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Floppy Rabbit Syndrome investigation

Background information

Tetraplegic rabbit'Floppy Rabbit Syndrome' (FRS) is an acute neurological condition that affects rabbits. It is characterised by a sudden inability to hop around. The muscles of the legs and, in some cases, the neck are flaccid. Affected rabbits are mentally normal and will eat and drink if food and water is placed close to them. They can urinate and defaecate. Many cases recover although some rabbits are euthanased because of the severity of the symptoms and lack of awareness by the owner or veterinary surgeon that recovery is possible. Death from respiratory failure can occur. Some rabbits only have a single episode. Others have repeated episodes. A video of a rabbit affected by FRS can be seen here

The cause of FRS is unclear.  Little or no scientific literature exists on the clinical presentation, pathologic changes and potential underlying processes of FRS patients. Infectious causes (Encephalitozoon cuniculi, Toxoplasma gondii, Sarcocystis cuniculi, and Clostridium botulinum), metabolic causes (hypokalaemia, vitamin E/selenium deficiency), plant toxicity and myasthenia gravis have all been put forward as potential aetiologies but there is no supporting evidence for any of these ideas. Paralysis due to trauma is another possibility. At the present time, the diagnosis of FRS is entirely based on clinical suspicion, supported by neurological examination and exclusion of other causes.  Blood sampling for antibodies to Encephalitozoon cuniculi is important as this is the major differential diagnosis.  Investigations are underway (see below) to see if a specific blood test for FRS is al possibility. More expensive tests such as CT/MRI scanning, cerebrospinal fluid analysis and electromyelography can also help with making a diagnosis but are not widely available. They can show another problem (e.g. a tumour or fractured spine) that could be causing the clinical signs.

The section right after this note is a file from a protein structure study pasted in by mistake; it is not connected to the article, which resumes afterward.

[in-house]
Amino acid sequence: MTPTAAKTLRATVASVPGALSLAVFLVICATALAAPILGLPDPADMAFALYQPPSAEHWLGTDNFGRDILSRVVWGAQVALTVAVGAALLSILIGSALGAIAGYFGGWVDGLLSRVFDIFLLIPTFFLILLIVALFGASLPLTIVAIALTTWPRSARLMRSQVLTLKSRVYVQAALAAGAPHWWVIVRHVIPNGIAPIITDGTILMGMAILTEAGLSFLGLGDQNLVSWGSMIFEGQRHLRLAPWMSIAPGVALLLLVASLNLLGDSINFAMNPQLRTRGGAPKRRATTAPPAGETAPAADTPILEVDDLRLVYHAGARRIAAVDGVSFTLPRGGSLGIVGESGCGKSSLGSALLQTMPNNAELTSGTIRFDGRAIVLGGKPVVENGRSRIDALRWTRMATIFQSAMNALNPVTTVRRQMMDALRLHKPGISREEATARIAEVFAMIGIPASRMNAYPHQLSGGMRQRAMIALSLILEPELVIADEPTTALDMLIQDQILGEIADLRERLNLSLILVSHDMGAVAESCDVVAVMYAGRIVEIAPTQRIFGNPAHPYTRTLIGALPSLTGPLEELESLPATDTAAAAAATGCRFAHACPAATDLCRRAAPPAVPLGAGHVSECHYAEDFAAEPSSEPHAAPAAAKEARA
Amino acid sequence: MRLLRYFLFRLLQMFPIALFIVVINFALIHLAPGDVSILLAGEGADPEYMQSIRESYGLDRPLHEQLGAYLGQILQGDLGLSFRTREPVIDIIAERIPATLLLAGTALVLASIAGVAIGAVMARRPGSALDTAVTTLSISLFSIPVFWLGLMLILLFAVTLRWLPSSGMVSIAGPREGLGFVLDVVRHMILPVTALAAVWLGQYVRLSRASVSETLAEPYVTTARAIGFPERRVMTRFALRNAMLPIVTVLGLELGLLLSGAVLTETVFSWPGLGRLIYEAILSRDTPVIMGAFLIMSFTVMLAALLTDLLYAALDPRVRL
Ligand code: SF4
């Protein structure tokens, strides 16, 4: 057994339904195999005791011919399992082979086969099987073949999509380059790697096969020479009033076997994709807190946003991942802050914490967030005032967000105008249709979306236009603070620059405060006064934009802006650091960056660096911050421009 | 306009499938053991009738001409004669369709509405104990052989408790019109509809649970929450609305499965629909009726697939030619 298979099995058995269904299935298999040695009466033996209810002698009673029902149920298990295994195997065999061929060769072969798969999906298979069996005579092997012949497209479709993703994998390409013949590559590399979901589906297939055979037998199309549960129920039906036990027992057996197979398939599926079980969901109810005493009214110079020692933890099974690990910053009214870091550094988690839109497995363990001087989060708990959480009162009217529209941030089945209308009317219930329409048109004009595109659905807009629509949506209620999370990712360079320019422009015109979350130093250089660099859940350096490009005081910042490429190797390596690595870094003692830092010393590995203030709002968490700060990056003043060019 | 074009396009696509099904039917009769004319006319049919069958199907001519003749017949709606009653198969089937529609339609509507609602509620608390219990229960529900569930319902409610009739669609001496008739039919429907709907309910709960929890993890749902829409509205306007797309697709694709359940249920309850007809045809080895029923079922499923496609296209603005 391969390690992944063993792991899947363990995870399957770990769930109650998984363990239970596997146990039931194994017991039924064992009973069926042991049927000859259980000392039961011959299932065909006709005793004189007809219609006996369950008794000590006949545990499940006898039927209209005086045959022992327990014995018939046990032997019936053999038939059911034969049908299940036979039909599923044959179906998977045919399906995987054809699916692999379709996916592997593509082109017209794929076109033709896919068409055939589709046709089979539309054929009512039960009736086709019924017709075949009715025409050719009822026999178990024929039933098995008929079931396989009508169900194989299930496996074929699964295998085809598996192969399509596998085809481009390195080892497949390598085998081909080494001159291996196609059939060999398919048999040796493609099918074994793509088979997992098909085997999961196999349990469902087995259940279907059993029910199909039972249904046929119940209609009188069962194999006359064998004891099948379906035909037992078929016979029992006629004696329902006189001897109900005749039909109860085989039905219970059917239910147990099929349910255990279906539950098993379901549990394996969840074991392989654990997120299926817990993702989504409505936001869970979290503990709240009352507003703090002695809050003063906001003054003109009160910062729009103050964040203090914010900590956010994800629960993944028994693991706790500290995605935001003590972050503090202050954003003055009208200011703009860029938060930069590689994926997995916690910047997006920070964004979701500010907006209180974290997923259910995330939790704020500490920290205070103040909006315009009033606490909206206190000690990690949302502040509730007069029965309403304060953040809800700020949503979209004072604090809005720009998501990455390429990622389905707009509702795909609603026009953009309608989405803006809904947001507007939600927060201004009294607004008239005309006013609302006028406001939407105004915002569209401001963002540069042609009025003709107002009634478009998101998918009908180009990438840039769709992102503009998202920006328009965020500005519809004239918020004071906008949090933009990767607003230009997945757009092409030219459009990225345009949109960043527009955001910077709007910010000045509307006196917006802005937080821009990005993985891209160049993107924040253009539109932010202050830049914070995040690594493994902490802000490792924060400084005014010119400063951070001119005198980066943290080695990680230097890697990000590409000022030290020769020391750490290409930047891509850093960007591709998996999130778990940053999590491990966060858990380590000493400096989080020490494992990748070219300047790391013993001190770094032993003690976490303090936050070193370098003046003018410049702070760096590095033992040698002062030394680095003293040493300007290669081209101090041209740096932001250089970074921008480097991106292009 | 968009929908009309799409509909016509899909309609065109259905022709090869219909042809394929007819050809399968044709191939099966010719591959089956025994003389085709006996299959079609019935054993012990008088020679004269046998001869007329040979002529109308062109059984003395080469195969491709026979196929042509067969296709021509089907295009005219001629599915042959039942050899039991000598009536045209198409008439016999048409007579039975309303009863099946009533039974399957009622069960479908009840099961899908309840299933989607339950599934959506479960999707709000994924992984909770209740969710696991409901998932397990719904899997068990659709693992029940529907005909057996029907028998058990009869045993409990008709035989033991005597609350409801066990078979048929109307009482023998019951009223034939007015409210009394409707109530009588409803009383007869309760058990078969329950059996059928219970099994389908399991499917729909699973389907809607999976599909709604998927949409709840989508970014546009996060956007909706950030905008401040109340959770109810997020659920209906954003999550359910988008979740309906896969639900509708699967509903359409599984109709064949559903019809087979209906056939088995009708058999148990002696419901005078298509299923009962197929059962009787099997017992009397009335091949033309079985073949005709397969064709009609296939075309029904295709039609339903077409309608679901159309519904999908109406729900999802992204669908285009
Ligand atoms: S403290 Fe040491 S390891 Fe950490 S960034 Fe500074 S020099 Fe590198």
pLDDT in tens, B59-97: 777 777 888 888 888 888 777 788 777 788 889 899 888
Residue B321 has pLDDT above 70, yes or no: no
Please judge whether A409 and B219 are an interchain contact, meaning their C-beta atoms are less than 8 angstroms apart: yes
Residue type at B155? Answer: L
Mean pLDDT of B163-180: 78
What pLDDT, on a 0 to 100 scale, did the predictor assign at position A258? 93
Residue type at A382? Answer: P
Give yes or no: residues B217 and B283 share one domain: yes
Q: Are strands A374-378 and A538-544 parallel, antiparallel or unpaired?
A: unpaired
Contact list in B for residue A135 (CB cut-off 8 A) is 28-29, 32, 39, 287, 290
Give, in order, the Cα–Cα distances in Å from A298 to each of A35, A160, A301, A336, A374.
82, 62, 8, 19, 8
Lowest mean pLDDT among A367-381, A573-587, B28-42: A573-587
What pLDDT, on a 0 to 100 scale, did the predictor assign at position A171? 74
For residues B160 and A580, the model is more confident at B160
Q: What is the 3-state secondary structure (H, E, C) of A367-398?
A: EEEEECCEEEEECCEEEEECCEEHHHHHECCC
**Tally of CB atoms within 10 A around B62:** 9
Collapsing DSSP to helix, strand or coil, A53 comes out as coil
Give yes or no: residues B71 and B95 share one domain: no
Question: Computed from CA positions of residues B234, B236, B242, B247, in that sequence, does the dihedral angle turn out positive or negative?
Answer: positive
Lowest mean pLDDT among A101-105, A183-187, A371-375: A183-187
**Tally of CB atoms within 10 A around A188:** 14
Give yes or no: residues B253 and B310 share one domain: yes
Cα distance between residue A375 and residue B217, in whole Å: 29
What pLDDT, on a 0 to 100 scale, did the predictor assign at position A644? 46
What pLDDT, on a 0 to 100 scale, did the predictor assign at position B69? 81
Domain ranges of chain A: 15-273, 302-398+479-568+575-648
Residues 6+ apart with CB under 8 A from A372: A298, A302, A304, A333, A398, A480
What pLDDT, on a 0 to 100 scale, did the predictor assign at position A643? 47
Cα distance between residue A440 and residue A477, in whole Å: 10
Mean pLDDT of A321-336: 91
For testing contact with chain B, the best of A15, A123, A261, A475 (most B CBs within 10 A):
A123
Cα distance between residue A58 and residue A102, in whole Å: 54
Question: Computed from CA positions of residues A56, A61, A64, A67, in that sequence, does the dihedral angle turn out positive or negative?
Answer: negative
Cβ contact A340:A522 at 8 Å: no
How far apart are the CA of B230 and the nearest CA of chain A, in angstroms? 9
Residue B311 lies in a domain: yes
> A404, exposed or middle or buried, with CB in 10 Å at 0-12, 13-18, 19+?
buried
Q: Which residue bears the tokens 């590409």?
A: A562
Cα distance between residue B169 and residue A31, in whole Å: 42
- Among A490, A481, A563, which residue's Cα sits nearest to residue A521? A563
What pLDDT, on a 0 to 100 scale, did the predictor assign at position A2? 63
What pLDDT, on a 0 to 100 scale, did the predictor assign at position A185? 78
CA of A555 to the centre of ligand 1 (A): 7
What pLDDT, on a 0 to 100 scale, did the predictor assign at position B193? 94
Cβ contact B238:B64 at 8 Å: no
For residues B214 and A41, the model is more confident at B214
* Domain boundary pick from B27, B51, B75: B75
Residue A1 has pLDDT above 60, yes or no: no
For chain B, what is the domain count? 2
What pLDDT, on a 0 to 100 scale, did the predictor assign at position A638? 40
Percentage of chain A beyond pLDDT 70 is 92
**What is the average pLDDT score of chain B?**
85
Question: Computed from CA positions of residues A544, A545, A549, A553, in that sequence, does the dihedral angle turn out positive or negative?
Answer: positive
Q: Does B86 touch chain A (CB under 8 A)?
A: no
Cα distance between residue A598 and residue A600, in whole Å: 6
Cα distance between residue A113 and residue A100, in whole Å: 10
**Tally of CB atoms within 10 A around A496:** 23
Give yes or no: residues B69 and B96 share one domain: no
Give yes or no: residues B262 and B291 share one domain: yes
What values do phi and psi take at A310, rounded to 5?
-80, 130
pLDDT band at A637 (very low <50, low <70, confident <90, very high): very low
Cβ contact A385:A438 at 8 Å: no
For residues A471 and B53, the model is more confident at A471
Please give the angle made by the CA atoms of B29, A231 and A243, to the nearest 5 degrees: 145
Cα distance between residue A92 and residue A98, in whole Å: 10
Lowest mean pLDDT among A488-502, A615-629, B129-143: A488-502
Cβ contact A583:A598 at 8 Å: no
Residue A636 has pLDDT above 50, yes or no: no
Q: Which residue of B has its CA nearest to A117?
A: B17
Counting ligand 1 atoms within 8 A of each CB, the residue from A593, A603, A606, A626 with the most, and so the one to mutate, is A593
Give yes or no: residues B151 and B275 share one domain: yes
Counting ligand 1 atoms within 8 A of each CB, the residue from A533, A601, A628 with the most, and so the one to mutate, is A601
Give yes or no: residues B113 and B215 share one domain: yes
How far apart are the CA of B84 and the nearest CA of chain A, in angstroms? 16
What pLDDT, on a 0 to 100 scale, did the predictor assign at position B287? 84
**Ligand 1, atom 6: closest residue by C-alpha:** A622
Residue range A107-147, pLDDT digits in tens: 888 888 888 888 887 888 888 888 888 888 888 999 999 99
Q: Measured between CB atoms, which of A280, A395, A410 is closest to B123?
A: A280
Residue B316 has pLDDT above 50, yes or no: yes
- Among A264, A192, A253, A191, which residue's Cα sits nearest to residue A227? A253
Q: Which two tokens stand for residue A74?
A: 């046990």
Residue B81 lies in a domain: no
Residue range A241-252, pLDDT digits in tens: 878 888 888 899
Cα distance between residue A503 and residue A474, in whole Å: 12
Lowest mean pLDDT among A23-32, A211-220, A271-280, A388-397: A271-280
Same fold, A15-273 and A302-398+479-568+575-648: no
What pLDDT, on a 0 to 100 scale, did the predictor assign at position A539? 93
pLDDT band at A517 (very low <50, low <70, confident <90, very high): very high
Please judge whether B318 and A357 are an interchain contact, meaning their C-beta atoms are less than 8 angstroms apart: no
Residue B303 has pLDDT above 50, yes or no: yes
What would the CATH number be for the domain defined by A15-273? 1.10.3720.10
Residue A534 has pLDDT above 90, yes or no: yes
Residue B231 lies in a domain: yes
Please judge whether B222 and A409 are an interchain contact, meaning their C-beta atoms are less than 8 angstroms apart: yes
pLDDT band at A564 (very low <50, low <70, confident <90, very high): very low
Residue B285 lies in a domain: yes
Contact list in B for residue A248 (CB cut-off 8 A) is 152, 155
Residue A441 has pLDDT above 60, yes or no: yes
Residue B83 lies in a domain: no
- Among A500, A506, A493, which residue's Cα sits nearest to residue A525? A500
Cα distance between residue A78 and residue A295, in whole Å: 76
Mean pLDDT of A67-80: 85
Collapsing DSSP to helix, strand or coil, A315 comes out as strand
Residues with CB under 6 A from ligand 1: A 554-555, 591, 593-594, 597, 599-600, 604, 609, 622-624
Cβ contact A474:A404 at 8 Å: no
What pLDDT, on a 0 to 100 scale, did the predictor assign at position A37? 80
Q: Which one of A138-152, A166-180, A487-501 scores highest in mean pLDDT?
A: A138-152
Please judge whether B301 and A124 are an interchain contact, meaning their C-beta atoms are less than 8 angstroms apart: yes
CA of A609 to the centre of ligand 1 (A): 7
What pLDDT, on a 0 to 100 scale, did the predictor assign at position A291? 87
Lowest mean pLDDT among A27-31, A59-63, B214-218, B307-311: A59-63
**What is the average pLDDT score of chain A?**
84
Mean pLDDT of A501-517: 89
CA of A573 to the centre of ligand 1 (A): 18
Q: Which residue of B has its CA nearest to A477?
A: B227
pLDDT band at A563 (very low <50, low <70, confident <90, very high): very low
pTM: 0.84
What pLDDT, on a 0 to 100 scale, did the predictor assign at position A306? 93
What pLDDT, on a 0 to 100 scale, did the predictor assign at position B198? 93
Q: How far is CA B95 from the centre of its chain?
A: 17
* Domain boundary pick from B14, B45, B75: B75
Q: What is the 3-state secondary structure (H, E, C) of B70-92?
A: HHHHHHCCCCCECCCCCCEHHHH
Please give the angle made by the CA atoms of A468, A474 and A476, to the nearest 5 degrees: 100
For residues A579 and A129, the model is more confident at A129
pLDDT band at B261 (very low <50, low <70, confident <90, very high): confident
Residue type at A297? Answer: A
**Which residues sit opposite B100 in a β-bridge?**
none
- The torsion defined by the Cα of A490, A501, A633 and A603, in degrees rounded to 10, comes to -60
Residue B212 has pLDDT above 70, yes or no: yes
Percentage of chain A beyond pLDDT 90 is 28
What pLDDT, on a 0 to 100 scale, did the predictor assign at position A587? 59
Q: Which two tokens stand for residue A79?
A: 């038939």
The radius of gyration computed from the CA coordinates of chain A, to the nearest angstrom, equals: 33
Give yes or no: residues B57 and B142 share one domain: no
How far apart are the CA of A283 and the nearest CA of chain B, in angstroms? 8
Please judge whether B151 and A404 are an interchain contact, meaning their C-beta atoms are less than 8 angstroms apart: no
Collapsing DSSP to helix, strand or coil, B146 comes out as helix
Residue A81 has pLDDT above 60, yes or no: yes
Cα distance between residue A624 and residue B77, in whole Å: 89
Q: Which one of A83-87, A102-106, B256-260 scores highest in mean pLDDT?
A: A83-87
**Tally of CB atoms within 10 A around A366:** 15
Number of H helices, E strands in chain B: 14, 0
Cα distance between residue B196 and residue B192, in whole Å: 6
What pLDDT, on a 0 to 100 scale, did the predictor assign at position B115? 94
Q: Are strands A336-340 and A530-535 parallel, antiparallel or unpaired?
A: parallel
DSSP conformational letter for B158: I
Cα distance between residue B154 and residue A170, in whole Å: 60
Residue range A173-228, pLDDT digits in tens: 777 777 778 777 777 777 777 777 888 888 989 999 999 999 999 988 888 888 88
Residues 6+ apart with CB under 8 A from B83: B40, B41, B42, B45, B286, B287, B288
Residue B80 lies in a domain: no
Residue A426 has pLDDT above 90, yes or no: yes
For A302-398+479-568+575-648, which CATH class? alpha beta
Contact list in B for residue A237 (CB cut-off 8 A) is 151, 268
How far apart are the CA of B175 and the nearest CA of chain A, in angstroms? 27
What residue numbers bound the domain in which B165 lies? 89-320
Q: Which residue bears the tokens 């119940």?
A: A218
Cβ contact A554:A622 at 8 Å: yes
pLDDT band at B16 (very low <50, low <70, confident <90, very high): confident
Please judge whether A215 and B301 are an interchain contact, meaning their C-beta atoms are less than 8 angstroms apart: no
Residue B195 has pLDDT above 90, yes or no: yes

Clinical Research Project

The clinical features of FRS has similarities with Coonhound paralysis in dogs and Guillain-Barré syndrome in people. These conditions are attributed to an autoimmune disorder manifested by a polyradiculoneuritis associated with specific antibodies to surface structures of the peripheral nerves (anti-glycolipid antibodies). Angie Rupp, a veterinary pathologist who has published on acute canine radiculoneuritis, is interested in FRS. Together, we are conducting a clinical research project to investigate the possibility that FRS is also an immune-mediated disorder of the peripheral nerves and that, if present, anti-ganglioside antibodies could be used as a diagnostic test for the disease. We are interested in any factors that might trigger episodes and the possibility of a familial predisposition. Any relationship with Encephalitozoon cuniculi  is also of interest.

The project has been granted ethical approval by the University of Glasgow, School of Veterinary Medicine, Research Ethics Committee (Ref 63a/16). All samples will be archived at the University of Glasgow. 

Appeal for information and material.

We are appealing for clinical information about cases and blood samples. We would also appreciate the opportunity to conduct a post-mortem examination on any rabbits that die from the condition. Transportation to the University of Glasgow can be arranged.

If you own a rabbit that is suffering from the condition, please fill in our online questionnaire.  There will be no immediate results from this survey but your input is valuable. Please get your vet to submit any surplus blood from other tests, such as profiles or E. cuniculi serology that are run. Blood samples are the most important part of our investigation. More information and a submission form can be downloaded. Informed consent from the owner is a pre-requisite. A client information and consent form can be downloaded for the owner to sign. If a vet wishes to discuss a case, please email